Committee Leaders Introduce Surface Transportation Research & Development Act of 2021
(Washington, DC) – Today, House Science, Space, and Technology Committee Chairwoman Eddie Bernice Johnson (D-TX) and Ranking Member Frank Lucas (R-OK) along with Chairwoman Haley Stevens (D-MI) and Ranking Member Michael Waltz (R-FL) of the Subcommittee on Research and Technology introduced the Surface Transportation Research and Development Act of 2021. This legislation will support research and development to accelerate progress toward a safer and more efficient, equitable, and resilient surface transportation system.
This legislation would authorize the Department of Transportation’s (DOT) surface transportation research, development, and demonstration programs from fiscal years 2022-2027. Furthermore, it would support existing and new highway research programs, including the Behavioral Traffic Safety Cooperative Research Program and the Road Weather Centers of Excellence program; update the Exploratory Advanced Research program for long-term, high-risk research; support research to understand the role that autonomous trucking may play in the future movement of freight; authorize multimodal transportation research programs, including providing increased funding for the Bureau of Transportation Statistics (BTS) and doubling the University Transportation Center (UTC) program; and enable DOT to better plan for the future of surface transportation research, including by requiring updates to the Department’s research and development strategic plan on a regular five-year cycle, establishing a surface transportation research and development advisory board, and requiring a research agenda for national freight research.
“I applaud President Biden for his ambitious plans to update the nation’s transportation systems and I remain hopeful that Congress can come to bipartisan agreement on infrastructure,” said Chairwoman Eddie Bernice Johnson (D-TX). “As Chairwoman of the Science, Space, and Technology Committee and a senior member of the Transportation and Infrastructure Committee, I understand that any agreement on infrastructure must not lose sight of the critical role of research and development in our transportation future. This legislation aims to build upon the DOT’s 5-year strategic plan for research, development, and technology, and will help support a future of connected transportation systems that are safer, more equitable, more efficient, and more sustainable. I thank my friend and colleague Ranking Member Lucas for joining me to introduce this legislation. I look forward to working with our colleagues on the Transportation and Infrastructure Committee to advance these bipartisan priorities for transportation innovation.”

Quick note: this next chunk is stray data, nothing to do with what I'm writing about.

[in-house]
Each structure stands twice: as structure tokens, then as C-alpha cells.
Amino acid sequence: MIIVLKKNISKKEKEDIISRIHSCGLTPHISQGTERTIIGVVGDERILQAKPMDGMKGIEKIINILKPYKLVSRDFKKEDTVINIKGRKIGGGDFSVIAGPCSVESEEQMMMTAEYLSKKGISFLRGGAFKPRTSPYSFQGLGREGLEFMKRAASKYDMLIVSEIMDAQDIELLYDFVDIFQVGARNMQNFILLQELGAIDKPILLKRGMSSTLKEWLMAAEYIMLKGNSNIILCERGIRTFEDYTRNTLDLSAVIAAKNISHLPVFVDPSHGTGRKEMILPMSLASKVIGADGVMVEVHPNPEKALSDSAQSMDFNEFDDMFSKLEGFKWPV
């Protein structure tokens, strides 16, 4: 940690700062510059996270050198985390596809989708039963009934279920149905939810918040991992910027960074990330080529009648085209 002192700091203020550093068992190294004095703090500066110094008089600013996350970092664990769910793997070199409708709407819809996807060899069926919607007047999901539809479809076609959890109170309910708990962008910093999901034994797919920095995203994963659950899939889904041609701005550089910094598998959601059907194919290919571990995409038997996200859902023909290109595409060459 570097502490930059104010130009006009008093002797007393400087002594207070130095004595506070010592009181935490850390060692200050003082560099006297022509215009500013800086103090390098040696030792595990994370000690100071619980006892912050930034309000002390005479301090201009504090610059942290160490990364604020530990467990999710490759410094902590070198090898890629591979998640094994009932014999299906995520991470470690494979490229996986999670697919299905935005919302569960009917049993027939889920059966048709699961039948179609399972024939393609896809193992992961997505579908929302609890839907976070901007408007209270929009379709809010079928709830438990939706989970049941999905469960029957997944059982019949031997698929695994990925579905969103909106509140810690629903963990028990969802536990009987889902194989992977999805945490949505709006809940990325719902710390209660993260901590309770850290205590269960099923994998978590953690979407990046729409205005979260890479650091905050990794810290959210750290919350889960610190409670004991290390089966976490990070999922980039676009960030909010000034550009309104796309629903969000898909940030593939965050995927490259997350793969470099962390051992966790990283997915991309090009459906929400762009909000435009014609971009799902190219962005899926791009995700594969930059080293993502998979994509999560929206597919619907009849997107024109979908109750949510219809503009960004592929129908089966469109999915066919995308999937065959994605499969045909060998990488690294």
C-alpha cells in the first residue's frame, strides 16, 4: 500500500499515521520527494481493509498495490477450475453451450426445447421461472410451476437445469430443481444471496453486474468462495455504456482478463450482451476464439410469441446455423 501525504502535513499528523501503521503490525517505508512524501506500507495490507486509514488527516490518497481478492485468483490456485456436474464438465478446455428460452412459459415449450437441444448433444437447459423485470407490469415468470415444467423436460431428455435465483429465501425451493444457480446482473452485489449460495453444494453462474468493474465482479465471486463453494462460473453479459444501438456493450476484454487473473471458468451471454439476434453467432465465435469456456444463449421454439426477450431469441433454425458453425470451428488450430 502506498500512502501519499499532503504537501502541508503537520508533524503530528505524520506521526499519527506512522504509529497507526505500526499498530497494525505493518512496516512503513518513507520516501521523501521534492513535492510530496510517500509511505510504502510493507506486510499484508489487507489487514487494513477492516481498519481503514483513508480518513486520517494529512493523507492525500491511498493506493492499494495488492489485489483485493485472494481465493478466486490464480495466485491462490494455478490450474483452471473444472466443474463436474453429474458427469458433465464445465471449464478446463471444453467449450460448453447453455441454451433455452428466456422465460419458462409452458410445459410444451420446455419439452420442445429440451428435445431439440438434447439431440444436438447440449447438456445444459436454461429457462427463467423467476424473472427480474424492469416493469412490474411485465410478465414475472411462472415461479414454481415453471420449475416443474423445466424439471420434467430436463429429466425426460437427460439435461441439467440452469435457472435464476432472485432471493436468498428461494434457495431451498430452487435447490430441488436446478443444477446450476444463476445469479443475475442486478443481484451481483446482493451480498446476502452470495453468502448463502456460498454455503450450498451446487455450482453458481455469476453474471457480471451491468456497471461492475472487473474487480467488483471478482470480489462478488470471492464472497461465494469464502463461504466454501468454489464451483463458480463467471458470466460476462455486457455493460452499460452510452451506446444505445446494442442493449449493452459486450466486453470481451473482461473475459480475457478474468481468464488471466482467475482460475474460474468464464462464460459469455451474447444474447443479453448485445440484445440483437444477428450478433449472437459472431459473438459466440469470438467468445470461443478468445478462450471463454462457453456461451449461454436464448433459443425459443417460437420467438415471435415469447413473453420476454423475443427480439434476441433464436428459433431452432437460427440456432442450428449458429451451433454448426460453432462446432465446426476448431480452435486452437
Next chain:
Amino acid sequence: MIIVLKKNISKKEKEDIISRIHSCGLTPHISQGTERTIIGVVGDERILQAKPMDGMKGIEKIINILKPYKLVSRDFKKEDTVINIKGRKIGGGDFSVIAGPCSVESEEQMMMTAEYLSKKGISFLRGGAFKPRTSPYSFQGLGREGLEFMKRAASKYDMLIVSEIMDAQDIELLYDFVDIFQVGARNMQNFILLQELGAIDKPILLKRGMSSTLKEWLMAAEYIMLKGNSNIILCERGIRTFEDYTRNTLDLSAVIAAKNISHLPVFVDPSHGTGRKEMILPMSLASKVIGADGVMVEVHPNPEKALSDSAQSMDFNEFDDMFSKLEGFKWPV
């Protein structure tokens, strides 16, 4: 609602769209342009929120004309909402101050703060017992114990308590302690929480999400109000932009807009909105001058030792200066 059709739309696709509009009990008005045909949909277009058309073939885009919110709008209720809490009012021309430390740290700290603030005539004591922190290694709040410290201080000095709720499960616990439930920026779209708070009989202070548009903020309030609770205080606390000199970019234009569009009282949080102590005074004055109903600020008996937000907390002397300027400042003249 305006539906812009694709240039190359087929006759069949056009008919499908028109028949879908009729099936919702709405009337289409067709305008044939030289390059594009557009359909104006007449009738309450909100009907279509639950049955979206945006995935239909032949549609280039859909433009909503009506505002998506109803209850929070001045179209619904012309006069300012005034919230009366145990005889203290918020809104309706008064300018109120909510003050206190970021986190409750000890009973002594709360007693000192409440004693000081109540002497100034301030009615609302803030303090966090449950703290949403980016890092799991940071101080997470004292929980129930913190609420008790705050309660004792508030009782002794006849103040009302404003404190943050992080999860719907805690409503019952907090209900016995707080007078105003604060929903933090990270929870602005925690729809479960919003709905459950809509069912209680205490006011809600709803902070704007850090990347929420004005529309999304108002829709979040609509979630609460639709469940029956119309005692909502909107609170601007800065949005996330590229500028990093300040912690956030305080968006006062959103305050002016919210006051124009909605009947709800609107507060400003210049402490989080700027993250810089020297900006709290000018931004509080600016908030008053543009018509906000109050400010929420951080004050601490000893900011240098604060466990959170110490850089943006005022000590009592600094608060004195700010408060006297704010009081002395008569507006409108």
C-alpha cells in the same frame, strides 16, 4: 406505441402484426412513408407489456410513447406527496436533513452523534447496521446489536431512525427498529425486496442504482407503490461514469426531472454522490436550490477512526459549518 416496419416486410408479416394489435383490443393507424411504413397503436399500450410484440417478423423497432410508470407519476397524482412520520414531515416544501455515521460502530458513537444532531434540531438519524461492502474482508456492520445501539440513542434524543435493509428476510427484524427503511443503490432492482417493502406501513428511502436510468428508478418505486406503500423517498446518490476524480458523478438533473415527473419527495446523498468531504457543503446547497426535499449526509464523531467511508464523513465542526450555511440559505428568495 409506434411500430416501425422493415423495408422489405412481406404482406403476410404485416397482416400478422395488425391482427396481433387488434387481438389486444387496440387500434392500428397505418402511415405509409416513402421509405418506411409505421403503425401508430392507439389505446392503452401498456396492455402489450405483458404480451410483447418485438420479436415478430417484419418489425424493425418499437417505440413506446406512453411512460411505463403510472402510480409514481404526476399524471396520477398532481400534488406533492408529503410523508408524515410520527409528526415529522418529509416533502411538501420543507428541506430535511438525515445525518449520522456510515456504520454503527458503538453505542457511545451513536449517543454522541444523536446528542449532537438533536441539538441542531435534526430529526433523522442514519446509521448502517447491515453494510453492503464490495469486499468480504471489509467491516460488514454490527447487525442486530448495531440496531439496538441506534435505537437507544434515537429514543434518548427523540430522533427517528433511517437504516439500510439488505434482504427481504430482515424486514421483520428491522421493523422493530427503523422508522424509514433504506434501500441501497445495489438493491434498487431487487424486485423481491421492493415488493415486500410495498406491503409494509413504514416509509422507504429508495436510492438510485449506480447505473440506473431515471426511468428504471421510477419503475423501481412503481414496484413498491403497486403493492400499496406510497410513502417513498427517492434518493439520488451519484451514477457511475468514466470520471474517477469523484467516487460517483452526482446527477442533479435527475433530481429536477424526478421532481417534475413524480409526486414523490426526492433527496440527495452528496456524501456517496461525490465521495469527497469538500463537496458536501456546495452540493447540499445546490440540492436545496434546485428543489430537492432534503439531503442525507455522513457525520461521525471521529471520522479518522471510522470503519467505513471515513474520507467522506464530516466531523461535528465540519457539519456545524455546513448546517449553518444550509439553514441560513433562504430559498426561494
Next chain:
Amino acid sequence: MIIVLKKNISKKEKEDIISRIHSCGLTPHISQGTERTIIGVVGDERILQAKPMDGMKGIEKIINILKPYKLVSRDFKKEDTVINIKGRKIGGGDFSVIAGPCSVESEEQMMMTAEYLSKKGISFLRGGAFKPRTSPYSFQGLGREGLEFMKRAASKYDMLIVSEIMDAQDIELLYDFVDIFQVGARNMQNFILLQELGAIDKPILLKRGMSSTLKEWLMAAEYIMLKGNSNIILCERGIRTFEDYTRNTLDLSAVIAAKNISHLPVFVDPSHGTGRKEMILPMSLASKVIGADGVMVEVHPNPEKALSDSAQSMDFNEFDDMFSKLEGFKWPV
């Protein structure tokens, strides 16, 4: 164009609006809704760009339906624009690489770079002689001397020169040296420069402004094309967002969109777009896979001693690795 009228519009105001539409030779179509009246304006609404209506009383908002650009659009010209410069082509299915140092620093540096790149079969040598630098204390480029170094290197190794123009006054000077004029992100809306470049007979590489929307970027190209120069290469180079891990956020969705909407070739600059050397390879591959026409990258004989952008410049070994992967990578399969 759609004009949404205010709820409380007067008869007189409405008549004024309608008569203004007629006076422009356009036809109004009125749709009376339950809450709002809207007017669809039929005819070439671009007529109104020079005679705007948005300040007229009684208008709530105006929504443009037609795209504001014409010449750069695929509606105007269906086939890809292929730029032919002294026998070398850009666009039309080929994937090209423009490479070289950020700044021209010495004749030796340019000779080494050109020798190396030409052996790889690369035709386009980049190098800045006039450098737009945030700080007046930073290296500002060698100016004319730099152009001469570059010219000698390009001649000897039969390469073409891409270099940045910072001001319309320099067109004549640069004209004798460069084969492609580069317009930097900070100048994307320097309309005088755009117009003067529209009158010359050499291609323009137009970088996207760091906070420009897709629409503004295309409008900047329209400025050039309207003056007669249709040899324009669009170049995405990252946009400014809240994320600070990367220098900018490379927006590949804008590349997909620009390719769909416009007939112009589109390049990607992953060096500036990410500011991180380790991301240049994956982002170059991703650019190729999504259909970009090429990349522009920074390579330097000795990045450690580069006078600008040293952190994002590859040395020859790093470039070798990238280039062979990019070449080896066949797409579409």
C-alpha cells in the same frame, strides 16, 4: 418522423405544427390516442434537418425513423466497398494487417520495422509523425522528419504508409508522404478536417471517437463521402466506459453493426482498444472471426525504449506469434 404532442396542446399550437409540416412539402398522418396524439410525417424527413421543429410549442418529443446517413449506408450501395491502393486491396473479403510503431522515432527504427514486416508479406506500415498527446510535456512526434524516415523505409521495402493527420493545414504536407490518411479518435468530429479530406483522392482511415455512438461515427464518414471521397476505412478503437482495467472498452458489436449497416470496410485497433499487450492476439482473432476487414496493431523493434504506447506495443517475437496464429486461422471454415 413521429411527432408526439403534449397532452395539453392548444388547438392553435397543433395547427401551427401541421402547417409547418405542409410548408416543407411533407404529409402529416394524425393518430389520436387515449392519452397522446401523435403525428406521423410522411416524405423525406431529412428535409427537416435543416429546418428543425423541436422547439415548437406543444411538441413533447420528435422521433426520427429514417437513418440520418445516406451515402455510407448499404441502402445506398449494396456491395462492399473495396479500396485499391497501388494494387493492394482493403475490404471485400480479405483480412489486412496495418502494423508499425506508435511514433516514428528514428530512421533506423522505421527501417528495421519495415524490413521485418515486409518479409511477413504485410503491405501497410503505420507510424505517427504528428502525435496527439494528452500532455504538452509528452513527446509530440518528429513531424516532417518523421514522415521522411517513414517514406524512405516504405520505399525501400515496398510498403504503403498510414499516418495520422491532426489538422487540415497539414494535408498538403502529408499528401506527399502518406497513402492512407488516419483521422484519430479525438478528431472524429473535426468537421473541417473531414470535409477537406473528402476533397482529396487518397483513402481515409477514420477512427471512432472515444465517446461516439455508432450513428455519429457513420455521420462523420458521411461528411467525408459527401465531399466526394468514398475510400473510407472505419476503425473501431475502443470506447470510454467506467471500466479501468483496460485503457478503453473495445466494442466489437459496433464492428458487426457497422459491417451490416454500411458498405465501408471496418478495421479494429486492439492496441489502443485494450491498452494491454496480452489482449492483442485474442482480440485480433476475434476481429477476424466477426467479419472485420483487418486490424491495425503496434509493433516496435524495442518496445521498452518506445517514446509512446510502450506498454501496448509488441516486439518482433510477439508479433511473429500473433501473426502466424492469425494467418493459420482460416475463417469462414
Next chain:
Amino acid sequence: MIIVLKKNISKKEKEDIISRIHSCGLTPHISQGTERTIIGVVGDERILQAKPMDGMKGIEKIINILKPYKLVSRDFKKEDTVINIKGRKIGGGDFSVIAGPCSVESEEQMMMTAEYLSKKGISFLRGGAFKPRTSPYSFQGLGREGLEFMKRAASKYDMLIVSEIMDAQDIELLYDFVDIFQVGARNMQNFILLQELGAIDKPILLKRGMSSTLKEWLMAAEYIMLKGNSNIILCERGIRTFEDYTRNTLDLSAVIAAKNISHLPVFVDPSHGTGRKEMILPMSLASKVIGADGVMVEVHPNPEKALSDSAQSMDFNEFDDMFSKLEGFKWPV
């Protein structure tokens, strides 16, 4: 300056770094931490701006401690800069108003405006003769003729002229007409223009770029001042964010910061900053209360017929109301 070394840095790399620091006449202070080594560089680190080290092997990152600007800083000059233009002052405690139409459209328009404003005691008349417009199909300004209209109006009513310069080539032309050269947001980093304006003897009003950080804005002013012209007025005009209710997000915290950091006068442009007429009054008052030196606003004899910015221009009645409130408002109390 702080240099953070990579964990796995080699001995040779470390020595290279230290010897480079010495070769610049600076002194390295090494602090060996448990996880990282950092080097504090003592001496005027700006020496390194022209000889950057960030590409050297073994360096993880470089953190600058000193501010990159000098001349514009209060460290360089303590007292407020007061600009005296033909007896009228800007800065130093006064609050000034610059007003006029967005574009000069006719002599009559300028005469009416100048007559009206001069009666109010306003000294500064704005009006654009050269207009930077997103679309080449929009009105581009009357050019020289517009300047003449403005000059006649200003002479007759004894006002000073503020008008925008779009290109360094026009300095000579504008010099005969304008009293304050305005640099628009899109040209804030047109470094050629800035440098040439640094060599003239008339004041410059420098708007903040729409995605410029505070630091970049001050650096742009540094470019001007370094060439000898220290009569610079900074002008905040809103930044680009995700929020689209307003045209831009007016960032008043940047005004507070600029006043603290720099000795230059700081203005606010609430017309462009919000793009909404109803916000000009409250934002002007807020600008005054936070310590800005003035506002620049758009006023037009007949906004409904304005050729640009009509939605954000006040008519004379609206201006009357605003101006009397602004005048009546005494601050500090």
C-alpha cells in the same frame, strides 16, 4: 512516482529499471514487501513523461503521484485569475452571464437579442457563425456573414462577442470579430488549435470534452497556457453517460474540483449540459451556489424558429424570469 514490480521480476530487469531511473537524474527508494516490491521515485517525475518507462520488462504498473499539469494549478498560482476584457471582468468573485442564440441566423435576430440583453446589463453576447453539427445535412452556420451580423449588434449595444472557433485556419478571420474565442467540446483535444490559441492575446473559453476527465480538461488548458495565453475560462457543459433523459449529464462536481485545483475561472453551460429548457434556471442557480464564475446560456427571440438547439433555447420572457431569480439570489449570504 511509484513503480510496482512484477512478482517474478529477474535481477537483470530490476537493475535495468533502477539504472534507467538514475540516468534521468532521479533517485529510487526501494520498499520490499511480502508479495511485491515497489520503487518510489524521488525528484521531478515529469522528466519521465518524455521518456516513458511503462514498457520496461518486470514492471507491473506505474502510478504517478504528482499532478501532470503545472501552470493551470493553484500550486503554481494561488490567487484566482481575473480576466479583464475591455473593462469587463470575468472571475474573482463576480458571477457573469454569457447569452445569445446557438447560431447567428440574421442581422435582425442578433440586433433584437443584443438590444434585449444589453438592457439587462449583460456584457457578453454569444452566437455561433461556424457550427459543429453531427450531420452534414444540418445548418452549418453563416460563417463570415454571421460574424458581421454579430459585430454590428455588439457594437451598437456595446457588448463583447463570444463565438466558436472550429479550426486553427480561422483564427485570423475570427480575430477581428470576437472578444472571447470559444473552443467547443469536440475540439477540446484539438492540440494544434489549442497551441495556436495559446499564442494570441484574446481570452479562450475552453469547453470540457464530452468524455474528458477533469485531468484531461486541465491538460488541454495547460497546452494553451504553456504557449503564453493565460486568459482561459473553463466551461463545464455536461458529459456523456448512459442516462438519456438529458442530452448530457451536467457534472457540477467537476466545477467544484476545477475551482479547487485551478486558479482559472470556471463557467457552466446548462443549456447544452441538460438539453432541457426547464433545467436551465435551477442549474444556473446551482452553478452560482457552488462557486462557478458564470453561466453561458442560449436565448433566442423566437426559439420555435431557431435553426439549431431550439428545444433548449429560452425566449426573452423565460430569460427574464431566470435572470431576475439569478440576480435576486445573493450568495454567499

“The Department of Transportation’s research and development work yields major innovations, changing forever how Americans move from place to place, and how we transport goods, products, and food across millions of miles of roads and rails crisscrossing the country,” said Ranking Member Frank Lucas (R-OK). “By funding the basic research needed to develop the next generation of transportation technologies, we are ensuring our economy can continue to grow and compete in the future. China knows the value of these technologies and has prioritized passing the U.S. in the autonomous transportation sector in the next decade. Our bipartisan Science Committee bill invests in the research needed to revolutionize surface transportation in the U.S., with a focus on emerging technologies like autonomous trucking and weather resiliency. I look forward to working with my colleagues on the House Transportation and Infrastructure Committee to move this through Congress, and getting it passed into law.”
“America’s roadways were once the envy of the world, boosting our productivity and economic success,” said Research and Technology Subcommittee Chairwoman Haley Stevens (D-MI). “However, without substantial public sector investment in building a 21st century surface transportation system, and the R&D to make that system possible, our crumbling and outdated transportation infrastructure will continue to pose great risk to lives, our economy, and the climate. This legislation is a bold step forward to advancing both long term, high risk research and nearer-term development and demonstration opportunities in surface transportation, and ensuring that promising transportation innovations find their way into practice.”
“Florida has strong representation in the University Transportation Center program and is focusing on resilience at all levels of government,” said Research and Technology Subcommittee Ranking Member Michael Waltz (R-FL). “This bill doubles the University Transportation Center program and establishes Resilient Transportation Infrastructure Centers of Excellence. These programs will create efficiencies for moving commerce and protect Florida’s communities from severe weather and rising seas.”
Next Article Previous Article